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Education

Lawmakers allow state to offer schools more emergency loans – with one big exception

kids in classroom
Mercedes Mejia
/
Michigan Radio
The Detroit College Promise awards DPS seniors $500 if they attend a Michigan college or university.

Michigan lawmakers have approved loaning more money to schools facing serious financial problems.

Long term, low interest emergency loans help school districts restructure and pay down their debt.

But the state’s Emergency Loan Board already offered more than $48 million dollars in loans to school districts, almost all the money state law allowed. Now the cap has been lifted to $70 million.

That’s $30 million less than the state’s treasury department wanted.

“This was the number that the sides arrived at and that’s what we’ll work with,” said Dave Murray, a spokesman for Governor Rick Snyder’s office.

“I know that there are some districts that are going to, they need to be able to access that loan money this year,” said Jennifer Smith, director of government relations at the Michigan Association of School Boards.

Smith says Pontiac schools is interested in another emergency loan. So is Benton Harbor Area Schools. Both districts are working to pay down their deficits under Michigan’s emergency manager law.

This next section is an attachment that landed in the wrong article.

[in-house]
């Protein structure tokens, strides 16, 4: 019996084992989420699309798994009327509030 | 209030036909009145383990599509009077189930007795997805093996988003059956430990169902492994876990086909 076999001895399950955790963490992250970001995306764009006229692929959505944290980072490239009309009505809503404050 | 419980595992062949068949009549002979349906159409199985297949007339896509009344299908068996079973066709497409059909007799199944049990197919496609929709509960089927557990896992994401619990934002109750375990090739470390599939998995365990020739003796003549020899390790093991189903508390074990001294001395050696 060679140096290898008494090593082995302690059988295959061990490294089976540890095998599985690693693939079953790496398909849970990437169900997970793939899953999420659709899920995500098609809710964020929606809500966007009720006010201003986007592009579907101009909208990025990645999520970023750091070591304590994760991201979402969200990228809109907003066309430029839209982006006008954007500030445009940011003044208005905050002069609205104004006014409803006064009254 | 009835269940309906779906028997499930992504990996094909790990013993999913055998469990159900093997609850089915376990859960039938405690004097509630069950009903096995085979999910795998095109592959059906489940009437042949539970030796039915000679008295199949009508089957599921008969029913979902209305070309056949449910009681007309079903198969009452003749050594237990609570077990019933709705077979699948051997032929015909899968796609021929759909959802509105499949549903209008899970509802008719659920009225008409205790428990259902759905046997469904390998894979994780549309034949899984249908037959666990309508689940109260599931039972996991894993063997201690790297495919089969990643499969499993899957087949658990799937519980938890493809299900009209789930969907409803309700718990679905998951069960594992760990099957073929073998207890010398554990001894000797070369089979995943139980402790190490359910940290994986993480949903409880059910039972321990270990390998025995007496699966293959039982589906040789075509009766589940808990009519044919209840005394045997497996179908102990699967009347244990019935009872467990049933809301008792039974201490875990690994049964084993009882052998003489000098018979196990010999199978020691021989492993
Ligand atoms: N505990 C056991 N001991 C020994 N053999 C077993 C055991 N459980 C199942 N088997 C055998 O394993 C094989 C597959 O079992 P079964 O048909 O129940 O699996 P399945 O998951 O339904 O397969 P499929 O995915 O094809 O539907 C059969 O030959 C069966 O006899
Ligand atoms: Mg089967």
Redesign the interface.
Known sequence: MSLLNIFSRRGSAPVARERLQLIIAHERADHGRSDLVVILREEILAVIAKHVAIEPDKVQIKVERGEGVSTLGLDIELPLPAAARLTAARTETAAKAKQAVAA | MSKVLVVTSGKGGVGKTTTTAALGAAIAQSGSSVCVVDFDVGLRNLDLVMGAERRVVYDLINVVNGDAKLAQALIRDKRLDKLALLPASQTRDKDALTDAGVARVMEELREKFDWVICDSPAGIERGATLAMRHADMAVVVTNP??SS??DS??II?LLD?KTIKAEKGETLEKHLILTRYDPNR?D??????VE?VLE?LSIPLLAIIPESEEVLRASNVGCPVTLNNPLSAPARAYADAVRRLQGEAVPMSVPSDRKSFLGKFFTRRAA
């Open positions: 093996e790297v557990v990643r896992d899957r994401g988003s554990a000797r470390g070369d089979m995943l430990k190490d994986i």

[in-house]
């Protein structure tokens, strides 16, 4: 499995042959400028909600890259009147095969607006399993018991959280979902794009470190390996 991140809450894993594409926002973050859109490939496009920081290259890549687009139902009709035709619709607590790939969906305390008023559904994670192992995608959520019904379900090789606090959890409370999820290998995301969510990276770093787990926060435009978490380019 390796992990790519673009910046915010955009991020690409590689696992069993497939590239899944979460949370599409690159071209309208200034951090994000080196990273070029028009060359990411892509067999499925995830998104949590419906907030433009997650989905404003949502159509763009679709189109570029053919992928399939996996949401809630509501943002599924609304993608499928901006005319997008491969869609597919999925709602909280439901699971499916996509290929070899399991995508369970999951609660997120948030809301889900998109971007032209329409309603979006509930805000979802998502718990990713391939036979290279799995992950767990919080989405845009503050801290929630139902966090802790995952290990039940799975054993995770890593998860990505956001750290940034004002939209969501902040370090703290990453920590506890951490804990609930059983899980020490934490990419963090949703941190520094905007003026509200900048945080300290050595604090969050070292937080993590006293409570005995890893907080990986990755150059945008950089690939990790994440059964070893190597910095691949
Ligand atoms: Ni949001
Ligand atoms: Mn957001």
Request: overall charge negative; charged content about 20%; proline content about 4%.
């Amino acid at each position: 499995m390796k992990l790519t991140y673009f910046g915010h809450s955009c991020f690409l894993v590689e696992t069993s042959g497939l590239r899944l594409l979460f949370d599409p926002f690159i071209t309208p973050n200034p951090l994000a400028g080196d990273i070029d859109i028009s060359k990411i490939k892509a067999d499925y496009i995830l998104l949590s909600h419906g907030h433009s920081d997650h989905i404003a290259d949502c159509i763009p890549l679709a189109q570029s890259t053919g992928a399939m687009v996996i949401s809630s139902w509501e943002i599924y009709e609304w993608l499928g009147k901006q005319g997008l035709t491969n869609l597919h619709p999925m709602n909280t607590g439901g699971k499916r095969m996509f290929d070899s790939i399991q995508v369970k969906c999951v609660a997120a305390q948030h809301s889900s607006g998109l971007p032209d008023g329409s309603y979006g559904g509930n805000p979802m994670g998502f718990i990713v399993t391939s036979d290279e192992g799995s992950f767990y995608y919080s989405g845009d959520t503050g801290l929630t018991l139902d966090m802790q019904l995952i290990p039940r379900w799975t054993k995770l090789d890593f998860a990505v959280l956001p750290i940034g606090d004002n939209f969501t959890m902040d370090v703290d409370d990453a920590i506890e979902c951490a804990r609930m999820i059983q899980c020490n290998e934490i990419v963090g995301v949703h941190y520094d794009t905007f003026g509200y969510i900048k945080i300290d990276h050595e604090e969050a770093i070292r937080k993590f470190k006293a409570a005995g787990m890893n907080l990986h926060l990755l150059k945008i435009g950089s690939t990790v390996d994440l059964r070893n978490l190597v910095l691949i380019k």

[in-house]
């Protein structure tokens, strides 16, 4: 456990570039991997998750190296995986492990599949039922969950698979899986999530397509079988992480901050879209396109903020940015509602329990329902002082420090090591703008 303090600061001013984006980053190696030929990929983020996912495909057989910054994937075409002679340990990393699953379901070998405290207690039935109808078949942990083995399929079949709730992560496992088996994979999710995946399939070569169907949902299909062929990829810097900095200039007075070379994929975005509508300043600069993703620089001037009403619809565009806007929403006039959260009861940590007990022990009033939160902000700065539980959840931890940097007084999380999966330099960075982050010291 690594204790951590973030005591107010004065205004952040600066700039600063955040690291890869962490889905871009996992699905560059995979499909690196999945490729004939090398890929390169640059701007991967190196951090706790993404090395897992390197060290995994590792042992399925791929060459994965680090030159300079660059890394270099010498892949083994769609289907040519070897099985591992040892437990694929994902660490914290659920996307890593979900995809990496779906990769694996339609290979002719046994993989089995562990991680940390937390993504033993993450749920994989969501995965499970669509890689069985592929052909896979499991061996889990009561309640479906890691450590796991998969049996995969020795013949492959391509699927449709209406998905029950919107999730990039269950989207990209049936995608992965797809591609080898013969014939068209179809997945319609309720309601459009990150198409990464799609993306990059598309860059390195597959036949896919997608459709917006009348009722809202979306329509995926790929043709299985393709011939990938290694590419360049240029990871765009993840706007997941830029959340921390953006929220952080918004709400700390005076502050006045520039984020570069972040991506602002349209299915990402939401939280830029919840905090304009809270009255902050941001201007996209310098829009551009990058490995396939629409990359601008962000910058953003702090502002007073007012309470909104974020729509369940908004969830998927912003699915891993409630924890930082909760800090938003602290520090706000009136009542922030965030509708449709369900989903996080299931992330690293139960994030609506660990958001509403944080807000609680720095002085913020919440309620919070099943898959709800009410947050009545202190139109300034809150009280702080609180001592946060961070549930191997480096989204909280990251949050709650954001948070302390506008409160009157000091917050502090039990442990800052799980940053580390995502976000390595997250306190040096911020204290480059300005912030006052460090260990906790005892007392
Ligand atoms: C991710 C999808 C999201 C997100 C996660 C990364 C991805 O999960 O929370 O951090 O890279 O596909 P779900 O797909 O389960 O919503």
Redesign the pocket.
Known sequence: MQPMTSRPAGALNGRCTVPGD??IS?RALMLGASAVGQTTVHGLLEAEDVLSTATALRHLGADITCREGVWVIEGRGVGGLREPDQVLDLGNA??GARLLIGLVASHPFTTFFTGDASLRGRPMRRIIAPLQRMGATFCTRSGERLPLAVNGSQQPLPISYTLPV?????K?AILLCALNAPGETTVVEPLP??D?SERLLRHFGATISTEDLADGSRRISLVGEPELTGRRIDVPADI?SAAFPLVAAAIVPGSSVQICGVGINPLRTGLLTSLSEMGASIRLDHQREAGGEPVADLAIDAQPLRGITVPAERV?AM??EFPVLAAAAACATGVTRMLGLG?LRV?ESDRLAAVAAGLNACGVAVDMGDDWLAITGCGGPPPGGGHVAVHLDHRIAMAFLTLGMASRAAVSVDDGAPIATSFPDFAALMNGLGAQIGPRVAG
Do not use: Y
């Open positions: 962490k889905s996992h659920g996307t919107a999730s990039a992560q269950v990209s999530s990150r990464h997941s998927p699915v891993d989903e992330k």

Loans have been issued to convert traditional districts to charter schools, pay off debt, “or other problems that can be corrected quickly as they work with the state treasury to get their financial house in order,” Murray said. “These are short term problems,” he added.

Along with the new cap, lawmakers also carved out one big exception for the emergency loan program; Detroit Public Schools.

“Detroit has had a long term structural deficit problem and that’s going to take a different kind of solution,” Murray said.

Basically, it’s going to take a lot more than $20 million to help DPS and the appointed Emergency Loan Board isn’t going to make that call on its own.

Murray says Snyder and others are working on a comprehensive solution to fix Detroit schools’ financial and academic issues this summer.

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